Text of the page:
Alfajores

Welcome back to Cookie Monday! Enjoy this week’s installment:


One of the best things about having a food blog is that friends and family members are always bringing me new recipes they found, or special ingredients that they think I might like. Recently one of my friends, who, on top of giving me an entire bag of perfectly ripe peaches and apples from her garden, gave me nearly an entire kilo of Dulce de Leche straight from Argentina. I’m so lucky to be friends with such generous and thoughtful people.

Dulce de Leche, which roughly translated means “sweet milk,” is a traditional spread from South America made from caramelized sweetened condensed milk. Imagine a deeply flavored caramel sauce that’s so thick it has to be scooped with a spoon. In Argentina, Dulce de Leche is used to make cookies called Alfajores, which are shortbread cookies with Dulce de Leche in the center. There are many variations: some Alfajores are dipped in chocolate, while others include coconut. I decided to make the simplest version, with vanilla shortbread and a layer of Dulce de Leche, and I have my eye on a chocolate coated variation for the next batch. I was very pleased with how my first batch came out, especially since I’ve wanted to make Alfajores ever since I saw a picture of them on a food blog almost two years ago.

These Alfajores are best just a few hours out of the oven, when the crisp edges of the cookies contrast the viscous filling. They come with the highest recommendation there is: 4 dozen of them were gone in five minutes at Chamber Singers.

P.S. Don’t be too surprised if some of the recipes in the next few weeks are a little Dulce de Leche heavy, because I have 2 more delicious cups of it to have some fun experimenting with in the kitchen.

Alfajores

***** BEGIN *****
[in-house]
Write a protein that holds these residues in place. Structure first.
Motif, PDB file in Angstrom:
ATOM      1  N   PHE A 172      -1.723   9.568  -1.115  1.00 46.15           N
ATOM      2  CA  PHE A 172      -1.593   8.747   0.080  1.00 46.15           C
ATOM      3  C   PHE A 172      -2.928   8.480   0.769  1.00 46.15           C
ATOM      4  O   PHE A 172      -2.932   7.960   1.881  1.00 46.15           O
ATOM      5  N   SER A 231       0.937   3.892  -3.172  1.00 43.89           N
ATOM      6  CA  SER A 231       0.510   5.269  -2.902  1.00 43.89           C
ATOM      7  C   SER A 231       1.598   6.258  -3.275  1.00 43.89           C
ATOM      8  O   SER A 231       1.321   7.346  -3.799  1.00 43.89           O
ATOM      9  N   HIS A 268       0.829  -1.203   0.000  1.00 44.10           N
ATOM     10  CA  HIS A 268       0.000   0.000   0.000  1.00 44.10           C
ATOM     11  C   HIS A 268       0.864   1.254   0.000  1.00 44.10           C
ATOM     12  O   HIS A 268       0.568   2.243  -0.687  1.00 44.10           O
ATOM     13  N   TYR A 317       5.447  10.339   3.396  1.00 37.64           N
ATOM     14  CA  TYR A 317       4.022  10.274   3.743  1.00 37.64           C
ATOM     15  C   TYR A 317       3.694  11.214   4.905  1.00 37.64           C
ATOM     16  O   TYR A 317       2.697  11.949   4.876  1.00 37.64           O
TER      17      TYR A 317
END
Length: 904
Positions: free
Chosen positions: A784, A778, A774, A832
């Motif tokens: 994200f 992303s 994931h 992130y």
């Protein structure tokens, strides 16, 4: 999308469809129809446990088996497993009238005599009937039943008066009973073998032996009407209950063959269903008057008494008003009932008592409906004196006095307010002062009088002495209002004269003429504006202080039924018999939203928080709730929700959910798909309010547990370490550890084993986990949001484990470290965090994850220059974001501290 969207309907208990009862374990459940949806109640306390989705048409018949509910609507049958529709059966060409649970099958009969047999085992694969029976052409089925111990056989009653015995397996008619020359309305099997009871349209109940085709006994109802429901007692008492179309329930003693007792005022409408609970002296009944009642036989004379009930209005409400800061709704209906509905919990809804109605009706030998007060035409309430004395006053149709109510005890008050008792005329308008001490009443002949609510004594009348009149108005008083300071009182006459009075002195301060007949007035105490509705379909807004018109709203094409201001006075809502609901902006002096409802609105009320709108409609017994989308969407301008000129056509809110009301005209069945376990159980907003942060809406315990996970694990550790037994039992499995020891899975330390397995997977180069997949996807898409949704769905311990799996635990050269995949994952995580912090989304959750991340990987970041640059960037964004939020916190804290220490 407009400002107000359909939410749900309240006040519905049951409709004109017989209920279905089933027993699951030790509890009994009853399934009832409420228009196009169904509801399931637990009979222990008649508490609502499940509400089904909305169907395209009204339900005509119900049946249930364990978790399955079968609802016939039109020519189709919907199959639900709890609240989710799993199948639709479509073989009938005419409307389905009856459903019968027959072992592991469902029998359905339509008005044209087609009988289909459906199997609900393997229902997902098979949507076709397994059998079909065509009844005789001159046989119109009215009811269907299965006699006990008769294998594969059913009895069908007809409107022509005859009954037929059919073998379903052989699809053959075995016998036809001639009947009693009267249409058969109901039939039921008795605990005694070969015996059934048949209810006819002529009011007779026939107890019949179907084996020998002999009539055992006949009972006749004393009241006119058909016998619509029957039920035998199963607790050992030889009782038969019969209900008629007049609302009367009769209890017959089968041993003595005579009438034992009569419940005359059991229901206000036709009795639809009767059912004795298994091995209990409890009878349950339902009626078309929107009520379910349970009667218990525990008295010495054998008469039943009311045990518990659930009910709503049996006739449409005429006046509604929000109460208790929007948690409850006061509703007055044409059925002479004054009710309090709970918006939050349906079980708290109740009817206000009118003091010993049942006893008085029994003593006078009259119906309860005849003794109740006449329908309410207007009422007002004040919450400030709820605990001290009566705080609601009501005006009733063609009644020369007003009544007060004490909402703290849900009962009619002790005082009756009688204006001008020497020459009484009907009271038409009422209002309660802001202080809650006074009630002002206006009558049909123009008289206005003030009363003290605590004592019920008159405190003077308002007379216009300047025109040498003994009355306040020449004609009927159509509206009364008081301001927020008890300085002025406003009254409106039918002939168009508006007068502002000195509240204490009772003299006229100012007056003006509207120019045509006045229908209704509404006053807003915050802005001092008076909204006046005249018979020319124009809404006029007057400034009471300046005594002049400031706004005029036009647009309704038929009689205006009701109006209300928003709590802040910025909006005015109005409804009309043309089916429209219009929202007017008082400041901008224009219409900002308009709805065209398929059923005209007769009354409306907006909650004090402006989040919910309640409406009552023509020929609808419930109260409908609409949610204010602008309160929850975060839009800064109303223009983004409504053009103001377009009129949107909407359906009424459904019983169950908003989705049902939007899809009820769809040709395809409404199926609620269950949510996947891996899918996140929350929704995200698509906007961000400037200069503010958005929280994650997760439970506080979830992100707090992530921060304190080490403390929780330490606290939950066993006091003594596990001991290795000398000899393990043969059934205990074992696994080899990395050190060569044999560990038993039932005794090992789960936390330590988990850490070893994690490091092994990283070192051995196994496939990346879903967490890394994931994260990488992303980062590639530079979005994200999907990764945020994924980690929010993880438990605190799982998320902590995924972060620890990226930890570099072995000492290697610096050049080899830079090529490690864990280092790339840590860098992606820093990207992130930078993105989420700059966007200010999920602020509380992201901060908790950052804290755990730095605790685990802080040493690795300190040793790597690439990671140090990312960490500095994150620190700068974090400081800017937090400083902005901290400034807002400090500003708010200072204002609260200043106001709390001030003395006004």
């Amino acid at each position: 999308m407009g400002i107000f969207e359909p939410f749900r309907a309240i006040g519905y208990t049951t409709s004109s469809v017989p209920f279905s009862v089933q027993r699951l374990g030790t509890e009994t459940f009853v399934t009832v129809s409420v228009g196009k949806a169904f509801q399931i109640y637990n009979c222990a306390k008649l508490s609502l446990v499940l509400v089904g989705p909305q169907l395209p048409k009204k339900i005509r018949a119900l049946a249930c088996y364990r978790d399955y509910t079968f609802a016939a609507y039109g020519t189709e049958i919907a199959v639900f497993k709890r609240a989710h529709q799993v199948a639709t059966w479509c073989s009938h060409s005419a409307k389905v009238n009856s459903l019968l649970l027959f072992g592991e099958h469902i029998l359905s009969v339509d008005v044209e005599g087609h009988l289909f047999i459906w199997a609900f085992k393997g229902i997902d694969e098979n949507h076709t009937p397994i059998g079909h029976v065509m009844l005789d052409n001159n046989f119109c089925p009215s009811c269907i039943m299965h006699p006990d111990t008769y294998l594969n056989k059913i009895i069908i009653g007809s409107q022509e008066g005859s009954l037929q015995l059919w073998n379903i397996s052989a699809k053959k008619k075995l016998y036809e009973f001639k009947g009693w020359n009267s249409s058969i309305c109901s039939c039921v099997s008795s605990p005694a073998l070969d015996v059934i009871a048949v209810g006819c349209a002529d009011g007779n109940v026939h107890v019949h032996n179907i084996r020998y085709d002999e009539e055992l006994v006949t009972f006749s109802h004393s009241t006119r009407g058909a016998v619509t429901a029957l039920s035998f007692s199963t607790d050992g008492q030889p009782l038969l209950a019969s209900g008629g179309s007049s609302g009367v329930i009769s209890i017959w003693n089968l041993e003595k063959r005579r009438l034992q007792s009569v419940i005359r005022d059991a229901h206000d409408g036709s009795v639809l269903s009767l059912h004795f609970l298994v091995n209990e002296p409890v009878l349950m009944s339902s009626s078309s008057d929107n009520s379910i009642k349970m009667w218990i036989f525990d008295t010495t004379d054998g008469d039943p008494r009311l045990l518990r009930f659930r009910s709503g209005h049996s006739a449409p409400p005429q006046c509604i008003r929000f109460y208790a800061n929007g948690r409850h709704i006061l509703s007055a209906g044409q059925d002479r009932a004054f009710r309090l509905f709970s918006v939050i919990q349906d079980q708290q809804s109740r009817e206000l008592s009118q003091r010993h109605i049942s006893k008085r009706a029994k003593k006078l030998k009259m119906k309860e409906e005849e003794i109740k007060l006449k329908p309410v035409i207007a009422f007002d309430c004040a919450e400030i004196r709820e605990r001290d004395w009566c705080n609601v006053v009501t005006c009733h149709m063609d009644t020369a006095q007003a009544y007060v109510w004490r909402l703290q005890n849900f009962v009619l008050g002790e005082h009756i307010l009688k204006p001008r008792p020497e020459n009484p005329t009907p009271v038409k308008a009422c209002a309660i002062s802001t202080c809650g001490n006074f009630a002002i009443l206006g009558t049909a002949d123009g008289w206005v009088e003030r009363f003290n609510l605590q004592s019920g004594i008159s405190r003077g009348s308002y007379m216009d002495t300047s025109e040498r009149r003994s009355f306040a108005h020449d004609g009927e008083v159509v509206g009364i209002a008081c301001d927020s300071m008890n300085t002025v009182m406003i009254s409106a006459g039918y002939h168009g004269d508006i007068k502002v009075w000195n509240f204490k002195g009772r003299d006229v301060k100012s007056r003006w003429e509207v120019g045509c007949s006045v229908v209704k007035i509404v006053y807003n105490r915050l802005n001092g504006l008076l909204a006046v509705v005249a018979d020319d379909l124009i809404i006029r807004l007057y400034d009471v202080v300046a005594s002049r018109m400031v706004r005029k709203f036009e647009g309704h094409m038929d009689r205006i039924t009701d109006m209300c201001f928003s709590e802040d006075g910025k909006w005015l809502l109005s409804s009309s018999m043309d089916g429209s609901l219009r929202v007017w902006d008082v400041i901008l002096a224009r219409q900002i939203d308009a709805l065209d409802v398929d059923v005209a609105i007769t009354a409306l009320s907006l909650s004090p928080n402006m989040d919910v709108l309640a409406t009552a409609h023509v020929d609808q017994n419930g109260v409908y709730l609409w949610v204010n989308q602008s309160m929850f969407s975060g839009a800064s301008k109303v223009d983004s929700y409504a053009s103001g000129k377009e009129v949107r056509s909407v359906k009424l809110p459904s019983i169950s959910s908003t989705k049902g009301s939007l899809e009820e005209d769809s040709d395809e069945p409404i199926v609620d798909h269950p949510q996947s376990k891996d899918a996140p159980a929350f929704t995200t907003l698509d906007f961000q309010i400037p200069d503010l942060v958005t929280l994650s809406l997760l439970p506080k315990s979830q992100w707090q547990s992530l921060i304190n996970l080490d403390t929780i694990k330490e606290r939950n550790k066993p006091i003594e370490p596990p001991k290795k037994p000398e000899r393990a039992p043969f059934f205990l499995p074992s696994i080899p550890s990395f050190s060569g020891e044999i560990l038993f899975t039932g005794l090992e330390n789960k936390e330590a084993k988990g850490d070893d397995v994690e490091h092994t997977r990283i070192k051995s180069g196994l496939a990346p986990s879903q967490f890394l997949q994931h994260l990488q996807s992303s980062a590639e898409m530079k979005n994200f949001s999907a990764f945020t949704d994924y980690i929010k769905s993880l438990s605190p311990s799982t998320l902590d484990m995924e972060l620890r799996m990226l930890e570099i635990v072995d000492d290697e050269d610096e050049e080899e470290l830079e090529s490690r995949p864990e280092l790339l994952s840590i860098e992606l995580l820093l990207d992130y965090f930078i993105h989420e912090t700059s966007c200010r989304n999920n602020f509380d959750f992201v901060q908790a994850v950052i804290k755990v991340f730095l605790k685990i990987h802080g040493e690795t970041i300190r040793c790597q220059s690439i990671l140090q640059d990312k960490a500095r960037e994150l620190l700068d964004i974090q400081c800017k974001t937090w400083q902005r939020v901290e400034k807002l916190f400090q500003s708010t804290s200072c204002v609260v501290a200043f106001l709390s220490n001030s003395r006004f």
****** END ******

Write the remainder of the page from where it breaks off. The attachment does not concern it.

Makes about 3 dozen Alfajores

16 tablespoons (2 sticks) unsalted butter, softened

1 cup granulated sugar

1 egg

1 teaspoon vanilla

½ teaspoon salt

¾ teaspoon baking powder

3 cups all-purpose flour

1 cup Dulce de Leche

  1. In the bowl of a standing mixer fitted with a paddle attachment, combine the butter and sugar and beat on medium speed until fluffy, 2-3 minutes. Add the egg and vanilla and beat on low until combined. Add the salt, baking powder, and flour, and mix on low until just combined.
  2. Turn the dough out onto a very lightly floured work surface, and divide into two equal pieces. Roll each piece into a cylinder 1 ½ inches in diameter, and wrap in parchment paper. Refrigerate the dough for at least 1 hour to chill. Dough can be refrigerated for up to two days in advance, but be sure to place the parchment rolls in a Ziploc bag to avoid odor absorption.
  3. Once the dough has chilled, preheat the oven to 350F and line 2 baking sheets with parchment paper. Remove the dough from the refrigerator, and using a sharp knife, slice it into cookies 3/8 inch thick. Place 1 inch apart on the prepared baking sheets, and bake for 8-10 minutes, until the edges of the cookies have set and are just barely turning golden brown. Let cool on wire racks before filing the cookies.
  4. To fill the cookies, spread a layer of Dulce de Leche (about 1-2 teaspoons per cookie) on half of the cooled cookies, then top with the remaining cookies to create the signature alfajores.

Note: These cookies are best served on the day they are made to preserve their crisp texture. No Dulce de Leche? Fill these with Nutella instead.

Click here for a printable version of this recipe!

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One thought on “Alfajores

  1. Pingback: Pumpkin Gingerbread Cake with Dulce de Leche Frosting | Kinsey Cooks

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